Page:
The Fdic Can't Bear Many More Crosslands

American auto makers aren't the only ones having trouble selling their product. The Federal Deposit Insurance Corp. signaled just how poor the market is for failed banks on Jan. 24, when it rejected two bids for Brooklyn-based Crossland Savings, with $7.4 billion in assets. Rather than accept what it deemed lowball offers, the FDIC itself took over the thrift.

It's a scenario that could prove more common if the economy continues to stagnate and more banks and thrifts teeter on the edge. FDIC auctions are no longer attracting eager bidders, and the most likely buyers, financially solid banks, don't want to take on additional assets when government regulators are stressing the need for stronger capital ratios. In Crossland's case, only Chase Manhattan and Republic National Bank made bids, despite the FDIC's offer to take over the savings bank's bad loans. "We have a supply-demand imbalance," acknowledges Harrison Young, the FDIC's director of resolutions. "We have fewer people making bids, even on smaller banks." On Jan. 10, regulators sold Perpetual Savings Bank of Alexandria, Va., with $2.6 billion in deposits, for a mere $7.8 million to Washington's Crestar Bank.

BLUNT MOVE. All of this is ominous for the FDIC, which estimates that more than 200 banks, with total assets approaching $100 billion, will fail this year (chart). The agency says the Crossland move was necessary to blunt the trend by bidding banks of offering a meager premium for choice deposits and branches. But fewer, and less eager, bidders could still sharply raise the government's eventual bailout costs.

The FDIC's hands also may be tied somewhat by the banking bill Congress passed in late November. The law specifies that regulators must choose the "least costly alternative" in dealing with troubled institutions. Sometimes, as in the case of Crossland, it may prove cheaper--over the short term if not over the long term--for the government to take over a bank rather than liquidate it or sell it at too cheap a price. The size of the bids for Crossland wasn't disclosed, but the FDIC says it has set aside $1.2 billion to deal with the bank--$400 million to boost capital and $800 million to resolve problem loans.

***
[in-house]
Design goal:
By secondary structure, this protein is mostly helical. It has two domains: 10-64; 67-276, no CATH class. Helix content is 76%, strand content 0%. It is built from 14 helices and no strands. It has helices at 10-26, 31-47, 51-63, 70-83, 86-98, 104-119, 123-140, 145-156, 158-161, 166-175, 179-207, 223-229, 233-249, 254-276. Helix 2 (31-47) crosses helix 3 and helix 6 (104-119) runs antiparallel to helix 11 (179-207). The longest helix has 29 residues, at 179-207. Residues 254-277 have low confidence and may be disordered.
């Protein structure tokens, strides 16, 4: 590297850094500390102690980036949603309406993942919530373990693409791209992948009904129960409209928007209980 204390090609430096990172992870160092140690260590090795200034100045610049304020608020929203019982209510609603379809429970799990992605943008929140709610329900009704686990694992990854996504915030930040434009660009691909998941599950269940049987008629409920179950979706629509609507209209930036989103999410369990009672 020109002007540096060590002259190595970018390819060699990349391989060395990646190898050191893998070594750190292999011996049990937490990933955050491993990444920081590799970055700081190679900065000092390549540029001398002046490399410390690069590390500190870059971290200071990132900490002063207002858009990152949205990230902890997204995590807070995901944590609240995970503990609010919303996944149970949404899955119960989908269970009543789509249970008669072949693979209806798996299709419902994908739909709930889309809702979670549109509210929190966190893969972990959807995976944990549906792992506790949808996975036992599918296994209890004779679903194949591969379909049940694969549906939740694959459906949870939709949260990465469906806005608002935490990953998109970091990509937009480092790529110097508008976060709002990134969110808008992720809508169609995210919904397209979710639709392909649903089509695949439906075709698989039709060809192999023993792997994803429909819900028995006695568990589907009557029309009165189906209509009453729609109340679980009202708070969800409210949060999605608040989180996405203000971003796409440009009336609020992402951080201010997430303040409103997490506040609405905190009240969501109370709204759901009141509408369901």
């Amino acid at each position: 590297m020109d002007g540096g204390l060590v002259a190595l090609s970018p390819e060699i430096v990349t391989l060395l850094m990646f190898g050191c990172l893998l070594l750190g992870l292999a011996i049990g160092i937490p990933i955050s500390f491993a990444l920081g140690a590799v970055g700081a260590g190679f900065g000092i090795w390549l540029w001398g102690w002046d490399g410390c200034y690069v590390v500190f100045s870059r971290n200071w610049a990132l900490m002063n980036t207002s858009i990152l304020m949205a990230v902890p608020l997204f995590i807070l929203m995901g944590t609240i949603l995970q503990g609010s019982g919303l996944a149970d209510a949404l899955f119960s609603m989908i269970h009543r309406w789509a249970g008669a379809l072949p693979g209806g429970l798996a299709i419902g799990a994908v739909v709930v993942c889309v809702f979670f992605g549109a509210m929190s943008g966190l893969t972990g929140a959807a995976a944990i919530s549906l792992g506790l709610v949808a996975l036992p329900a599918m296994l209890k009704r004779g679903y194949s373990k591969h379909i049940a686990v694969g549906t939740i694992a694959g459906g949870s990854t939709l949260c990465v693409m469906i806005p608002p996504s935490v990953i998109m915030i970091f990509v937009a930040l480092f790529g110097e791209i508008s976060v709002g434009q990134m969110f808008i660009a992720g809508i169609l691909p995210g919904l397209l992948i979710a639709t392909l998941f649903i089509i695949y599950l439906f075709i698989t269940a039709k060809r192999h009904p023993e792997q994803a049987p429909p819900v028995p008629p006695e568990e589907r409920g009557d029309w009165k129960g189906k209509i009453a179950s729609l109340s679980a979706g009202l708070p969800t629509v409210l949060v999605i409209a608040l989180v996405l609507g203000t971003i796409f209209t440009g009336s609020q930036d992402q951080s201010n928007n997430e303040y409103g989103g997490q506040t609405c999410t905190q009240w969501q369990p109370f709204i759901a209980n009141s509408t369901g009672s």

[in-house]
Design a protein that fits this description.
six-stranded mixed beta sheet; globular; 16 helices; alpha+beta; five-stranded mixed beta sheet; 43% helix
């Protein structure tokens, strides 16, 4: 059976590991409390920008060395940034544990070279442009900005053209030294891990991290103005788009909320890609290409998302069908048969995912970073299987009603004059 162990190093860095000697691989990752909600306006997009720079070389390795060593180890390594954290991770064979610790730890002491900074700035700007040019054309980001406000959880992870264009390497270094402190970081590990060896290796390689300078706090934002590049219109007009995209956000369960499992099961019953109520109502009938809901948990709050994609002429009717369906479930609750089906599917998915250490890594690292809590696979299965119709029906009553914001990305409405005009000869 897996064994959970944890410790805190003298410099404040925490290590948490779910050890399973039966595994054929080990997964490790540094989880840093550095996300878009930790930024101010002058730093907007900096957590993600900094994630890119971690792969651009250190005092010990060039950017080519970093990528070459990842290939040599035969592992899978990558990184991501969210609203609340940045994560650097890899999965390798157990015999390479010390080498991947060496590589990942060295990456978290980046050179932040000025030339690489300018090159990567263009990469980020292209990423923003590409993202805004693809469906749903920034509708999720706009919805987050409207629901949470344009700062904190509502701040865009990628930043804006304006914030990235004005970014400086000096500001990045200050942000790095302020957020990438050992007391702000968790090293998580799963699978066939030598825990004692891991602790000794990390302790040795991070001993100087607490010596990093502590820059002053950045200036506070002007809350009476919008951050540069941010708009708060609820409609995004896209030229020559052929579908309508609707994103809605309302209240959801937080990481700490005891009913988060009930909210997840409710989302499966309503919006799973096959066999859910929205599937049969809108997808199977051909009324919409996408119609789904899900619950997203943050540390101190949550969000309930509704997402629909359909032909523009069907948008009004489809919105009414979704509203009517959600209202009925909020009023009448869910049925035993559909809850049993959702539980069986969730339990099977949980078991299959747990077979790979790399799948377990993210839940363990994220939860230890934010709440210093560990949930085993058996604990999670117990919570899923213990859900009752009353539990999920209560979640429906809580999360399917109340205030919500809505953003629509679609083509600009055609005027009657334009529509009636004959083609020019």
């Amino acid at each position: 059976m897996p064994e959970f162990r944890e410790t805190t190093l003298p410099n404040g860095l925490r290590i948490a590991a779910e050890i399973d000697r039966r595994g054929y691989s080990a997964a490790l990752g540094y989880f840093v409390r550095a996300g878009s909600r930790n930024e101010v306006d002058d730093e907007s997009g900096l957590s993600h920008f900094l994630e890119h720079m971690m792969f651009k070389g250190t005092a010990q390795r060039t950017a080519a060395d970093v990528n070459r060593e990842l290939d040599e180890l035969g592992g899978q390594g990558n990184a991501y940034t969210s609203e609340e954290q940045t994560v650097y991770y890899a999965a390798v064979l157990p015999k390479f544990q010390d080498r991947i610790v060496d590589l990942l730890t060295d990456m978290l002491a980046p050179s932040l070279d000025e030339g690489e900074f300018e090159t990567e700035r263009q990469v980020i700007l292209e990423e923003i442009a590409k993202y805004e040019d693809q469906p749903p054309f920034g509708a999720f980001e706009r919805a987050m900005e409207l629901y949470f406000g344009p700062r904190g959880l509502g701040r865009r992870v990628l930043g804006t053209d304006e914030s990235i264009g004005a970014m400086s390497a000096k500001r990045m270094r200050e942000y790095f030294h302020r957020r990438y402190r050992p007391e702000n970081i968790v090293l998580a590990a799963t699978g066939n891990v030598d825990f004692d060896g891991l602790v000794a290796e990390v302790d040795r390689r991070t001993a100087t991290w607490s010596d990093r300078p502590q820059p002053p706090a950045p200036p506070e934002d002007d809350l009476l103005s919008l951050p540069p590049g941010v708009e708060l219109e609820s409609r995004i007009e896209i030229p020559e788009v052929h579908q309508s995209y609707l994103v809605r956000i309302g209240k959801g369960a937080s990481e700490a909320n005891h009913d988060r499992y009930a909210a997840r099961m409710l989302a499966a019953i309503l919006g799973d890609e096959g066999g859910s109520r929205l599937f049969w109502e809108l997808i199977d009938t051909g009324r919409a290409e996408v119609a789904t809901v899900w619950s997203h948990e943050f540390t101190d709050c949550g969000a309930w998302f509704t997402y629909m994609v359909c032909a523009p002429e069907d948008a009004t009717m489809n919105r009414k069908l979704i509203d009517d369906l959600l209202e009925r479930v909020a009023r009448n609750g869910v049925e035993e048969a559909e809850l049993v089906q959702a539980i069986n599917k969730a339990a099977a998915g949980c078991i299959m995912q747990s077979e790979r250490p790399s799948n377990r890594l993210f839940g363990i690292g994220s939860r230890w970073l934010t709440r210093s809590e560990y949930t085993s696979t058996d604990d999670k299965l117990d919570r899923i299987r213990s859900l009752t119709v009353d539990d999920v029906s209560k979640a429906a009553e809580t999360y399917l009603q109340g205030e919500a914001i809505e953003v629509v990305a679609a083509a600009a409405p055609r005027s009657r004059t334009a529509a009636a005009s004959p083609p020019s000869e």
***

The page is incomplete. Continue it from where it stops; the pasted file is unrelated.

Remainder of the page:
For now, the FDIC can play hardball with bidders, thanks to the $70 billion Congress injected into the bank insurance fund last year. Crossland, says the FDIC's Young, "ought to cause some people to realize we don't have our backs to the wall. We have plenty of money."

The FDIC's tough talk rests on its ability to work some magic on Crossland, especially its real estate problems, thereby making it a more attractive acquisition. But bankers say the government is underestimating the task. "It's pure speculation in real estate and interest rates that the FDIC is engaged in," says one New York banker. Then, there is the cost. At $1 billion a pop, holding on to failed banks could quickly put a major dent in the insurance fund. Ultimately, without eager banks waiting to acquire deposits and assets, the FDIC might have to delay closing troubled institutions.

While some analysts think the real estate free-fall is over and that banks may have seen the worst, the nation's economy remains stalled. If it doesn't improve soon, Crossland may be just the beginning of a long, tough, and, above all, costly year for the FDIC as it tries to go it alone in cleaning up the debris left by the persistent banking crisis.